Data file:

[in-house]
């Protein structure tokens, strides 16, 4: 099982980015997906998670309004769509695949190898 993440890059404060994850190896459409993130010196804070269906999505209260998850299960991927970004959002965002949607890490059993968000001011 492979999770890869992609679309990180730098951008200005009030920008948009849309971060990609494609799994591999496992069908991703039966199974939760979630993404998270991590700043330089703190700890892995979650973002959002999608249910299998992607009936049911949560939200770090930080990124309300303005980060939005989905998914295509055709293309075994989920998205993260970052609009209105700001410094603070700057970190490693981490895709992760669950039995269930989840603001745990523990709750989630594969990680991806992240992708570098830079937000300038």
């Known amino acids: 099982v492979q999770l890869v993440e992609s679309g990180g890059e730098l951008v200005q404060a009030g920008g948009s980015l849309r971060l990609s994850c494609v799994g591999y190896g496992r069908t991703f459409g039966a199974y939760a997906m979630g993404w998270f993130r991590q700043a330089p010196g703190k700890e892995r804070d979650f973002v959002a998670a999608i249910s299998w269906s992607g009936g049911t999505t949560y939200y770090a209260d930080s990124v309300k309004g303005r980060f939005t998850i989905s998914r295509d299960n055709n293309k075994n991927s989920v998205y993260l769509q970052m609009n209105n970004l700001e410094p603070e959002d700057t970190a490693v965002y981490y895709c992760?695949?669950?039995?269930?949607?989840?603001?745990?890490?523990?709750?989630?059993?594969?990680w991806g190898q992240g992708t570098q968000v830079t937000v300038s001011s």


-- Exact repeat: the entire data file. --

[in-house]
């Protein structure tokens, strides 16, 4: 099982980015997906998670309004769509695949190898 993440890059404060994850190896459409993130010196804070269906999505209260998850299960991927970004959002965002949607890490059993968000001011 492979999770890869992609679309990180730098951008200005009030920008948009849309971060990609494609799994591999496992069908991703039966199974939760979630993404998270991590700043330089703190700890892995979650973002959002999608249910299998992607009936049911949560939200770090930080990124309300303005980060939005989905998914295509055709293309075994989920998205993260970052609009209105700001410094603070700057970190490693981490895709992760669950039995269930989840603001745990523990709750989630594969990680991806992240992708570098830079937000300038």
């Known amino acids: 099982v492979q999770l890869v993440e992609s679309g990180g890059e730098l951008v200005q404060a009030g920008g948009s980015l849309r971060l990609s994850c494609v799994g591999y190896g496992r069908t991703f459409g039966a199974y939760a997906m979630g993404w998270f993130r991590q700043a330089p010196g703190k700890e892995r804070d979650f973002v959002a998670a999608i249910s299998w269906s992607g009936g049911t999505t949560y939200y770090a209260d930080s990124v309300k309004g303005r980060f939005t998850i989905s998914r295509d299960n055709n293309k075994n991927s989920v998205y993260l769509q970052m609009n209105n970004l700001e410094p603070e959002d700057t970190a490693v965002y981490y895709c992760?695949?669950?039995?269930?949607?989840?603001?745990?890490?523990?709750?989630?059993?594969?990680w991806g190898q992240g992708t570098q968000v830079t937000v300038s001011s």